US failure 'likely' caused Afghan civilian deaths, says report
Mistakes in the way airstrikes were carried out in Farah Province last month may have led to the deaths of 26 Afghans, according to a Pentagon investigation released Friday.
Washington — A long-awaited report on a series of airstrikes in Afghanistan last month that killed a number of innocent civilians faulted American officers on the ground and in the air for failing to strictly follow the directives of their superiors.
It also questioned the use of heavy duty B-1 bombers in a mission that requires precise targeting.
At least 26 innocent Afghans were killed in three separate airstrikes by B-1 bombers assisting ground forces during a fierce fight with the Taliban, the US military's investigation into the May 4 incident in Farah Province in Afghanistan concluded.
However, the report did not dispute an independent investigation conducted by the Afghan Independent Human Rights Commission that concluded that 86 civilians were killed in the incident. Afghan officials have also said that as many as 140 civilians were killed.
"We will never be able to determine precisely how many civilian casualties resulted from this operation, but it is inconsistent with the US government's objective of providing security for the Afghan people to conduct operations that result in their death or wounding, if at all avoidable," said the report, which was released by US Central Command late Friday afternoon.
The prolonged investigation into the incident reflects the challenges of the Afghanistan mission, which has relied heavily on airstrikes that can cause many more civilian deaths, running counter to a principle objective in counterinsurgency – the protection of the local population.
The Pentagon report said that close air support – the use of planes to conduct airstrikes – should continue to be an integral part of the strategy there. But it also questioned whether B-1 bombers and the 2,000-pound munitions they carry are appropriate in fighting a counterinsurgency where precision strikes are needed.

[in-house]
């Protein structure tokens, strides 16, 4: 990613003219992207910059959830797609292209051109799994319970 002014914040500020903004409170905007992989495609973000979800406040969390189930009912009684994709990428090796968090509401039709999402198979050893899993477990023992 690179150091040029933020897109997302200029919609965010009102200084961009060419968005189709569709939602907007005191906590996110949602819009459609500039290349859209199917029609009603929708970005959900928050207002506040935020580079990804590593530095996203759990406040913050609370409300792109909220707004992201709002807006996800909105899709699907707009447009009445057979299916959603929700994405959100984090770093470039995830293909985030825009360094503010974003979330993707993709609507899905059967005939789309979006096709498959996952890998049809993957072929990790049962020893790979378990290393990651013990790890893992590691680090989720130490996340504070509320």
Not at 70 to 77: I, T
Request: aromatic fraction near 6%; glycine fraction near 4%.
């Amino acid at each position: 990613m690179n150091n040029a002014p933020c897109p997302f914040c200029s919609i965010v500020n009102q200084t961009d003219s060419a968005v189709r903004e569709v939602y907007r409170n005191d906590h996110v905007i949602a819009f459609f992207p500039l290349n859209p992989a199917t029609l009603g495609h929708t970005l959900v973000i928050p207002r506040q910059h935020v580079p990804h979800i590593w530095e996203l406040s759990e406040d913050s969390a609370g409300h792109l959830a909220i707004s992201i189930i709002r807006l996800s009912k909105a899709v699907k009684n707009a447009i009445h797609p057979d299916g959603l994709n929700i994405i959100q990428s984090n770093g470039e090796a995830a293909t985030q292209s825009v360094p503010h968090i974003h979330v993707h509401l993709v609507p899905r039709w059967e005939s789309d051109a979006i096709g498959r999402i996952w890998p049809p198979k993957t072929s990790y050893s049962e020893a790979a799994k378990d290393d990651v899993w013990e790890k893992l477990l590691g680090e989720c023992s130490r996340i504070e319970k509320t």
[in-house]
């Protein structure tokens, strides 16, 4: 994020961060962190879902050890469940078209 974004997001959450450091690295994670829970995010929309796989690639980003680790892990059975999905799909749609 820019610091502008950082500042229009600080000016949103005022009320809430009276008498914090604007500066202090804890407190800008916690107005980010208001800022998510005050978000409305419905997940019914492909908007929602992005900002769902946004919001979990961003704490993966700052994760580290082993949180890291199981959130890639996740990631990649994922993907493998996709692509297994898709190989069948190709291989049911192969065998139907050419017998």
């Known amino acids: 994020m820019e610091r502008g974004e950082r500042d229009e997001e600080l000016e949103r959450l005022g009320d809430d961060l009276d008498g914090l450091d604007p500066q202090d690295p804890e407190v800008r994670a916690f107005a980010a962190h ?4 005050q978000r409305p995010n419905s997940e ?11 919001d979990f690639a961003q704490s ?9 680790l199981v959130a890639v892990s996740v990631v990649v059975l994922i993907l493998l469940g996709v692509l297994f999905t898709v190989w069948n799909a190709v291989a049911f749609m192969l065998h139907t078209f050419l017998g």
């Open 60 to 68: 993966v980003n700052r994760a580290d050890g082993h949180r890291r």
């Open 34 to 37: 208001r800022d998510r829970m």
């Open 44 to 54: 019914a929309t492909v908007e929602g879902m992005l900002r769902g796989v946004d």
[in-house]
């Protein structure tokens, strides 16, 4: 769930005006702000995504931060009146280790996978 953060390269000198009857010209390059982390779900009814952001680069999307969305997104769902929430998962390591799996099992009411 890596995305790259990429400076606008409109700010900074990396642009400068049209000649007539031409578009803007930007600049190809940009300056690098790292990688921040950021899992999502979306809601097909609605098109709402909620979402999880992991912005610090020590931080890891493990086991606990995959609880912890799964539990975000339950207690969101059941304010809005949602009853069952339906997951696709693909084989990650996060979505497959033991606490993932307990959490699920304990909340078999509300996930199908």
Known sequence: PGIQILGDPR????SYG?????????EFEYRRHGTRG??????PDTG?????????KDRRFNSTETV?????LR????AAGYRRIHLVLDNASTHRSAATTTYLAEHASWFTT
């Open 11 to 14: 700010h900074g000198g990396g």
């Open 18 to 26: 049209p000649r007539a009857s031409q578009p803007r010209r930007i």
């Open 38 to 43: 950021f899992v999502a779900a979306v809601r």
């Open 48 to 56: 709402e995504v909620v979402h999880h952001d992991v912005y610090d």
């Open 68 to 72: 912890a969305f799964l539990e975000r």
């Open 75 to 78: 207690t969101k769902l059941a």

Civilian causalities has become a major source of tension between the US and Afghan governments. Gen. David McKiernan, who was recently fired as the top commander in Afghanistan, was also credited for reducing these deaths.
The report made seven key recommendations, including increased training, better coordination with nongovernmental organizations, as well as the review of using certain aircraft such as the B-1.
Another recommendation was to improve "strategic communication," including the creation of an investigative team to respond quickly to such incidents. Some top administration officials who wanted the issue to go away resisted release of the report while others argued, ultimately successfully, that the administration should take its lumps in order to move forward.
The debate over releasing the report illustrates another problem the US faces with the Taliban continuously putting out propaganda that undermines the security mission there, experts say.
The Taliban frequently uses civilians as "human shields" by forcing them into areas where it is operating and knows the US will target. Then, the Taliban criticizes the consequent loss of civilian life to the local population. US military officials say they are unable to effectively counter this tactic because legal and bureaucratic practices prevent them from releasing detailed information until a full investigation is complete weeks later. By then, the battle of public perception – to win hearts and minds on the ground in Afghanistan - is lost.
"That has been a huge failure," says one senior military officer familiar with this case.